Chrissie’s inclusion in the story was meaningful to us on several levels, as it turned out. Like Xan and Shanna (and no other characters in Guilded Age), she had first appeared in another project I’d written. Unlike Xan’s Sketchies and Shanna’s Fans, it was not a project that I felt particularly good about.

QUILTBAG was a spinoff from Penny and Aggie, following its popular supporting characters Sara and Lisa into college. The premise was that they, having come out as lesbian and bisexual but still seeking identity, would discover how wide the world of human sexuality really was and how complicated things could get. The title refers to a variation on LGBTQIA which adds U for “unsure” or sometimes “undeclared” and gives some other letters double duty. The full list, as I heard it goes “queer and questioning, unsure/undeclared, intersex, lesbian, trans and two-spirit, bisexual, asexual and aromantic [maybe also agender], and gay and genderqueer.” (There are variations.) Of course, declaring you’ve got all the sexualities figured out, labeled, and filed away is asking for trouble… what about pansexuality? Demisexuality? Should straightness be in here too, since otherwise it becomes the “default” to everything else’s “alternate,” or should we just agree that it’s had plenty of attention and doesn’t need to steal any thunder from the rest of the list?

I could go on. But I still found something intriguing in the attempt, and thought I’d do an eight-part series themed around each letter and what it signified, eventually exploring the limitations as much as the categories. The audience and I had been largely happy with Penny and Aggie‘s queer portrayals, so it wasn’t the worst idea, on paper.

Unfortunately, I was very much in the wrong headspace to be starting a new series. Overall, it’s my worst work, and it got worse until I mercy-killed it at the conclusion of Chapter Two. The dialogue was hit or miss. The arcs were barely sketched. Some of the freeform visuals were cute and fun (thanks to Jason Waltrip, who never wavered in his helpfulness), but sometimes it wasn’t remotely clear what I was trying to express with them. And most of the non-legacy characters were underdeveloped, when they needed to be bursting with life to offset the hubris of the concept.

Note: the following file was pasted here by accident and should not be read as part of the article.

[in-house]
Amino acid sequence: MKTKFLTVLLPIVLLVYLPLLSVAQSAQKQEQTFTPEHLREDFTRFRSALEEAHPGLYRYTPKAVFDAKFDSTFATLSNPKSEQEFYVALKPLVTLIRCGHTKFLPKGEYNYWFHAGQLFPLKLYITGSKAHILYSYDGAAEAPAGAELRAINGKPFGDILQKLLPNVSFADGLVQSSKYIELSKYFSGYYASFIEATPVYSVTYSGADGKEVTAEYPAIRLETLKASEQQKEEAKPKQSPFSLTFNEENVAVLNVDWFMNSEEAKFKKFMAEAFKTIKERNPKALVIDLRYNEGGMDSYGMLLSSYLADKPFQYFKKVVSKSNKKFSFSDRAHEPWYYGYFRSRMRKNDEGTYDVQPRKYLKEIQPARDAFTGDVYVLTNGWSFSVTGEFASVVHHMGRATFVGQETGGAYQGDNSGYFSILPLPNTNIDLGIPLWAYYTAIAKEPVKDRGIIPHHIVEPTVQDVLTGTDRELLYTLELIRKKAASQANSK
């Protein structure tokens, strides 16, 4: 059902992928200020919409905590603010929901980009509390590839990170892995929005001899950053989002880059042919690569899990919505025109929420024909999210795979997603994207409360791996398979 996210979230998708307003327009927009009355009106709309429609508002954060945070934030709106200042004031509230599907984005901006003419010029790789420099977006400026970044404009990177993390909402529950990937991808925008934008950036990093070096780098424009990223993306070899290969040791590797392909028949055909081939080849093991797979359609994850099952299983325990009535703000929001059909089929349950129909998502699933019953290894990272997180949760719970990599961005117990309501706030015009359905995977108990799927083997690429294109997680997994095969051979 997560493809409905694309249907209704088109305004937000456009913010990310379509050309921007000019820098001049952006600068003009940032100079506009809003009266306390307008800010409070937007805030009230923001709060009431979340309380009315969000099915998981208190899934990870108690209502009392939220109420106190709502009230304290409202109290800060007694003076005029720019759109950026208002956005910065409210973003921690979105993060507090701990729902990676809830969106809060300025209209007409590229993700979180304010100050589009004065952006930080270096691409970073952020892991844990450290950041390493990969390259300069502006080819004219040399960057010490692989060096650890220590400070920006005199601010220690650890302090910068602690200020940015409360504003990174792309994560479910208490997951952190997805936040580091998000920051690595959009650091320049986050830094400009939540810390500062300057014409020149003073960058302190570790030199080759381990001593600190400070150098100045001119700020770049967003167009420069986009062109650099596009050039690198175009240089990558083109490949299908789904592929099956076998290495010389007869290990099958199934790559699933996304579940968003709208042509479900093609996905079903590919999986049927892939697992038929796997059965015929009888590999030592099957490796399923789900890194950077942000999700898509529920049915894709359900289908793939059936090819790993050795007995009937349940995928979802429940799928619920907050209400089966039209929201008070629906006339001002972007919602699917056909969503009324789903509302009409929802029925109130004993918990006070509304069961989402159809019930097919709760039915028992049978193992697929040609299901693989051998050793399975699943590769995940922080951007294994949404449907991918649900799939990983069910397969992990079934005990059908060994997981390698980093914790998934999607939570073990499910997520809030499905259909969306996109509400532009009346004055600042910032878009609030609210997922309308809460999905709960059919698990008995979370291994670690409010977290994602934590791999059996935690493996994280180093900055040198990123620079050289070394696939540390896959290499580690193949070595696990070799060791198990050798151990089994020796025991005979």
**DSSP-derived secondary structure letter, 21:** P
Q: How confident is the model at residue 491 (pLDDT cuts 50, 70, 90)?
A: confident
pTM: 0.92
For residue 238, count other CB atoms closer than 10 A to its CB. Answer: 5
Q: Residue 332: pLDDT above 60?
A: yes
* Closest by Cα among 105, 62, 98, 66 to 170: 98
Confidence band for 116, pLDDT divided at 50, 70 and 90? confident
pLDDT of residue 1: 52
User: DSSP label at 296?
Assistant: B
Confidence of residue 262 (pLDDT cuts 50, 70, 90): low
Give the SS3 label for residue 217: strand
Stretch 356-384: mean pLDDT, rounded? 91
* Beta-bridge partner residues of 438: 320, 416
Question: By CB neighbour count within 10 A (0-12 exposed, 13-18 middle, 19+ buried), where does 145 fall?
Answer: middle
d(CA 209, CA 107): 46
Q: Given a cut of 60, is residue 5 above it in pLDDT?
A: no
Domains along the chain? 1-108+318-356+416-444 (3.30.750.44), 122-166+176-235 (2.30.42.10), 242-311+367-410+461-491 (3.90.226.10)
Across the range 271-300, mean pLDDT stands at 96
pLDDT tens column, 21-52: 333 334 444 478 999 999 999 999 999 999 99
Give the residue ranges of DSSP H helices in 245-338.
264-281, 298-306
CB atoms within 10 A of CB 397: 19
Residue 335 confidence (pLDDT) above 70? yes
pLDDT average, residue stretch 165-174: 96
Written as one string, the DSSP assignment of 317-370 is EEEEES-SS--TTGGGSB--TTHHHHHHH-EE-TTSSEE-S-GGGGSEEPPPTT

Chrissie, however, always had some life in her, at least as I saw her. She mostly suffered from issues of presentation and lack of follow-up.

Chrissie and Lisa hooked up after knowing each other about the length of a stroll, which turned out to be quite the mistake. At this point, Chrissie was identifying as female but had not accepted her attraction to women as compatible with her gender identity. (“I’m not normal,” she warns Lisa in a way that still breaks my heart a little.) So her self-hatred leaked into the sexual encounter, making it brief and somewhat brutal. This left Lisa a bit traumatized, a state of mind Lisa guiltily denied… she didn’t feel entitled to any trauma in the face of Chrissie’s obvious issues. This started to establish the ups and downs of Lisa’s collegiate sex life, and it would have been the first step in a larger journey for Chrissie, who’d eventually come to terms with all of herself. Down the line, the two would’ve met again, more than once.

I may’ve been trying to subvert old, bad stereotypes by having Lisa know and be into Chrissie’s trans identity but get a surprise in bed anyway. I was definitely trying to stir interest in Chrissie by having us only see her through Sara and Lisa’s imperfect perspectives. But for all that intent, she still came across as a somewhat abusive figure, arguably toxic, and more an “experience” for Lisa than a person with a story in her own right. And while I think most readers understood that I wasn’t trying to say “trans people be crazy”… it’s still not great for that to be basically your only sequence with a trans character. I never meant for it to be, but QUILTBAG just had too many other problems for me to continue it. And then we suddenly needed characters to serve as players for the newer Peacemakers and… click.

So you can see why I was strongly motivated to do better by Chrissie here, even if we had to compress the original plan for her journey into the panel’s worth of reflections she gets on this page. “I wasn’t a lot of fun to be around till I noodled that one out,” she says, with the dogged positivity of someone who’s had to fight to find happiness. And it’s true she’s much healthier now, although much like Bandit, she’s still a little concerned about being “fun to be around.” But as seen in the clips here, so was Lisa. And aren’t we all, a little bit?

Looking this back over, I do wonder if Guilded Age should’ve spelled out Chrissie’s attraction to women more plainly than we do here (it’ll be clear enough that she likes men). And there’s the issue of oversubtlety I mentioned two pages earlier. But what regrets I have don’t change the fact that this presentation is vastly, vastly superior, and I’ll continue to be mostly happy with it through her other GA appearances.

I had no idea Flo would come out as trans years after the series wrapped up. But that just goes to show one reason why representation matters: members of underserved groups can be closer to your stage than you think. It can be intimidating, even after research, to write a character who is a thing you are not. But it needs to be done, even if a prior failure is staring you in the face.